Archive for new wave

Great Rock Albums of 1984: Dennis DeYoung- Desert Moon

Posted in 1980s, Music, Rock with tags , , , , , , , , , , , on May 31, 2017 by 80smetalman

Journey wasn’t the only band whose members carried out solo projects in 1984. By the way, Steve Perry wasn’t the only member of Journey with his fingers in another pie in this year but that’s a story for another time. Styx had only disbanded less than a year before and by the end of 1984, two former members of the band had released solo albums. The first of these was by former singer and keyboards player, Dennis De Young, who came out with “Desert Moon,” in the middle of the year.

Styx

Like Steve Perry, if I allowed myself to be influenced by singles on radio or MTV, I would have ignored this album. The first single, the title track, while not a bad song, sounds a little too much like the very successful Styx single “Babe.” While a big hit for the band, “Babe” was never in my top ten of favourite Styx songs. Fortunately, it’s not the best song on the album which bears its name.

When I first heard the opener, “Don’t Wait for Heroes,” I was quite upbeat. Maybe Dennis was taking the progressive/hard rock formula that worked so well with his former band and incorporating it in his solo album. For me, this is the best song on the album. The next track, “Please,” tries to carry this on and does so reasonably but doesn’t quite come up to the opener. “Boys Will Be Boys” is a better track and could have been as good as the “Don’t Wait for Heroes” but Dennis goes a bit too new wave with it and I found that a turn off. After the title track, “Suspicious” is a very interesting track. It’s a definite progressive rock track, in fact, it sounds very suspiciously (yep pun intended) like 10CC. Still, it’s a very upbeat and enjoyable song, with some good guitar solos compliments of Tom Dziallo. It gives the opener a very close competition for my top spot.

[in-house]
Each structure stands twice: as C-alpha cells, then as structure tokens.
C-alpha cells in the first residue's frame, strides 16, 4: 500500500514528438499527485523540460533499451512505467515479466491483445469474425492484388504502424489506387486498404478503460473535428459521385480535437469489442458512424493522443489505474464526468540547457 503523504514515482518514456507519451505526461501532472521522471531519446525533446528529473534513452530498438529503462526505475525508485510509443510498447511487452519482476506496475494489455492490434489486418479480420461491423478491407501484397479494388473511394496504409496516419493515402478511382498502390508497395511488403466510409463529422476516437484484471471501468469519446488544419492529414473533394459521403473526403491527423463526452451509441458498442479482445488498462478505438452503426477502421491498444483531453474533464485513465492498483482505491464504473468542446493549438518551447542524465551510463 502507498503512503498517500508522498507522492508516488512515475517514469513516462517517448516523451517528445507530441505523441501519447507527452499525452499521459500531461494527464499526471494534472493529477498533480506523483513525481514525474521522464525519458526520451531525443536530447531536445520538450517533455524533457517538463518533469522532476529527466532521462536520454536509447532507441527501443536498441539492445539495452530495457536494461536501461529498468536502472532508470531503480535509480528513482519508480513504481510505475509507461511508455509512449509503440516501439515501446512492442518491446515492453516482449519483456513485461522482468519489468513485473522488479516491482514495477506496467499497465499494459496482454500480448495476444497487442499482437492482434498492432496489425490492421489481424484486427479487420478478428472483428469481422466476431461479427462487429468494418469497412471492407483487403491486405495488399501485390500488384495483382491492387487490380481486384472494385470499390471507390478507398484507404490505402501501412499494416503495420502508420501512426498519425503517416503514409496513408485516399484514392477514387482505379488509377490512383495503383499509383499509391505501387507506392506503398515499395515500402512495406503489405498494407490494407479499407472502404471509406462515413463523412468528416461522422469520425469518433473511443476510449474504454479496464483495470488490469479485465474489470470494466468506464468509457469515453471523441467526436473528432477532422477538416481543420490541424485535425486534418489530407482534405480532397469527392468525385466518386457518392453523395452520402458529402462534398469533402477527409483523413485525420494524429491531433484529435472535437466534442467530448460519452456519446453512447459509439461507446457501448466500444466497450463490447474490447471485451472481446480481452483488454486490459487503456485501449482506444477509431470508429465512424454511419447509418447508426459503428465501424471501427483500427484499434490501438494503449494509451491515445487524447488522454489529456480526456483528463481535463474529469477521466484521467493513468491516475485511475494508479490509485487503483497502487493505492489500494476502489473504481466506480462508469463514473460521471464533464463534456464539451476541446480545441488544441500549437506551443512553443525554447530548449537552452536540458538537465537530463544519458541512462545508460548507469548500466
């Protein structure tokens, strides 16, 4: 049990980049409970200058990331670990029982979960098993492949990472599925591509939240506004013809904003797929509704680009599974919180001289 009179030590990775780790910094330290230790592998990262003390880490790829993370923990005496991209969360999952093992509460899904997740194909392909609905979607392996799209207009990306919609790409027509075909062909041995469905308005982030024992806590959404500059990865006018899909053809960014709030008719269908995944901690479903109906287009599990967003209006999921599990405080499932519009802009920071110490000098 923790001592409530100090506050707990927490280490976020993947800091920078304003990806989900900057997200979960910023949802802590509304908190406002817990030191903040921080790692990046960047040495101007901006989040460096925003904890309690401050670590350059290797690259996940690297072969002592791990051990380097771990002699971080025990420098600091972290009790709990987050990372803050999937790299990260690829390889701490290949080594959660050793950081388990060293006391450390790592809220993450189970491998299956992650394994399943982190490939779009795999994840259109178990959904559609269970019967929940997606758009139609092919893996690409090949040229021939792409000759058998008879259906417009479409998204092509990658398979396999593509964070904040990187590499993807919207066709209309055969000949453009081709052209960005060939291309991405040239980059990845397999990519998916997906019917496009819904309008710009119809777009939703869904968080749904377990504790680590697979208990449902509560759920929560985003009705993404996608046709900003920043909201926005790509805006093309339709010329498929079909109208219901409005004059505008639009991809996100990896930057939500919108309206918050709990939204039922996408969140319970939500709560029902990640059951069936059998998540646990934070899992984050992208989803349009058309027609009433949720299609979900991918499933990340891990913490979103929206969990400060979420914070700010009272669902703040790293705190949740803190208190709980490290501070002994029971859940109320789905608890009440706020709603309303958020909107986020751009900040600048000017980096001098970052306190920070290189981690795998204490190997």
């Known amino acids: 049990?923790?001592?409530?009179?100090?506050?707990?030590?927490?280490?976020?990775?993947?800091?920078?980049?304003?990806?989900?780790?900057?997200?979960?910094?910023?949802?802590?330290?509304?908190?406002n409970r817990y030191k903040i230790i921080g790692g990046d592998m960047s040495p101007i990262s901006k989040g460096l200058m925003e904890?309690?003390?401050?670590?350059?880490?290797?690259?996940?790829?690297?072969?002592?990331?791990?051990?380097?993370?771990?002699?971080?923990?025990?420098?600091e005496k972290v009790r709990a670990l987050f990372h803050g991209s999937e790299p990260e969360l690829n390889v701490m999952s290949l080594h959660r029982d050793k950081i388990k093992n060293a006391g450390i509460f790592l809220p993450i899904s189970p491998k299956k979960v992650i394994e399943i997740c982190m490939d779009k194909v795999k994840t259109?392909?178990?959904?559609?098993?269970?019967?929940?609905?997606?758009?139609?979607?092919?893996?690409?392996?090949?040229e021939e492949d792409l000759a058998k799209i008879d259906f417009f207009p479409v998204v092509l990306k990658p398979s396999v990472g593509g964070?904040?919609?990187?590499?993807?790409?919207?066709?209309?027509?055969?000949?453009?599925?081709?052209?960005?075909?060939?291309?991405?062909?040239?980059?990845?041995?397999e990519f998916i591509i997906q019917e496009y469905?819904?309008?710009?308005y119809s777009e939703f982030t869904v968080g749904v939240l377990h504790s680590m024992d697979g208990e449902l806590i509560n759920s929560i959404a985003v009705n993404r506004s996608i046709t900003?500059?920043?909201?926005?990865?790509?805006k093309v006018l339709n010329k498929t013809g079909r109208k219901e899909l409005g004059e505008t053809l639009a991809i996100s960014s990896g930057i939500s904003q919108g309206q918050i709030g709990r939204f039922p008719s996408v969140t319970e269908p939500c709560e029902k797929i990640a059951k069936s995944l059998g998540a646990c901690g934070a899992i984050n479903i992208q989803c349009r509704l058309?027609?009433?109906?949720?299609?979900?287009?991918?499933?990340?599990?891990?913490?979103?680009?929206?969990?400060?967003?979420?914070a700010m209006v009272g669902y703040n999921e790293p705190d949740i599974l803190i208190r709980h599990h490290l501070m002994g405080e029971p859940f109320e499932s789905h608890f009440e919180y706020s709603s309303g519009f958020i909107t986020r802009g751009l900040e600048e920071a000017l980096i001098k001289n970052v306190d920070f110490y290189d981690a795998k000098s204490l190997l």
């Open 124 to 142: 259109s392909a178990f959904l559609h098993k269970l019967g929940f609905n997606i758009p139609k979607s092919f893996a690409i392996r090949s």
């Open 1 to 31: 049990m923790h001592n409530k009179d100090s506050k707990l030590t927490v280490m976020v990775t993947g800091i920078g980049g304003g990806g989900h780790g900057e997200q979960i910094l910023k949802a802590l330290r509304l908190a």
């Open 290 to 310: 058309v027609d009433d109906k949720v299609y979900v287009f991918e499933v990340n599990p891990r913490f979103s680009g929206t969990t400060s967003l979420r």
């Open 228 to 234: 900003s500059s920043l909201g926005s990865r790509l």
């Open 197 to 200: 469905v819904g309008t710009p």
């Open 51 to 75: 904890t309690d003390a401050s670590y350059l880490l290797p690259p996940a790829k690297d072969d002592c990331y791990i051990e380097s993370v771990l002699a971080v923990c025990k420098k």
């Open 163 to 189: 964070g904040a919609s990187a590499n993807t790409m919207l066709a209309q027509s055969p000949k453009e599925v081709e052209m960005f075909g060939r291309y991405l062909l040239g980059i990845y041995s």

My biggest criticism of “Desert Moon” is the cover of the Jimi Hendrix classic, “Fire.” I know Dennis was a keyboards player and that song would have worked if done right but it wasn’t. He tries to make it too new wave or something and it just doesn’t work. The album ends with two softer ballad type songs. Dennis’s voice was well suited to such songs, although the former, “Gravity” transforms into a cabaret type of song, which doesn’t rock me until the guitar solo which does save it a little.

Track Listing:

  1. Don’t Wait For Heroes
  2. Please
  3. Boys Will Be Boys
  4. Fire
  5. Desert Moon
  6. Suspicious
  7. Gravity
  8. Dear Darling (I’ll Be There)

Dennis DeYoung

Dennis DeYoung- vocals, keyboards, piano, percussion

Tom Dziallo- all guitars, bass, backing vocals

Dennis Johnson- bass

Tom Radtke- drums, percussion

Steve Eisen- conga, saxophone, conductor

Rosemary Butler- duet vocal on “Please”

Sandy Caulfield- backing vocals

Suzanne DeYoung, Dawn Feusi, Pat Hurley- additional backing vocals

Dennis DeYoung was the first former Styx member out of the starting blocks with a solo album. “Desert Moon” has some good moments and overall is an okay album. However, it doesn’t rock all the way through leaving it unbalanced. Still might be worth a listen, I’ll let you judge from my two favourite tracks.

Next post: HSAS- Through the Fire

Hopefully, there will be a new link for “Rock And Roll Children” soon.

Meanwhile it’s still available on Amazon, Barnes & Noble and Froogle and on sale at Foyles Book Shop in London

 

 

 

 

 

 

 

 

 

 

Great Rock Albums of 1984: Greg Kihn Band- Kihntagious

Posted in 1980s, Heavy Metal, Heavy Metal and the 1980s, Rock with tags , , , , , , , , on May 21, 2017 by 80smetalman

One of the biggest questions I have about 1984 is why did the Greg Kihn Band fade into oblivion in this year? The band was riding high on the wave of their very successful 1983 album, “Kihnspiracy,” which, in spite of the album having the ballad hit single “Jeopardy” on it, was a good rocking album. MTV seemed to like them as the video for the first single from the 1984 album, “Kihntagious,” “Reunited,” got a lot of play. I still think that it is a pretty good song. So I ask why did this band fade away so rapidly?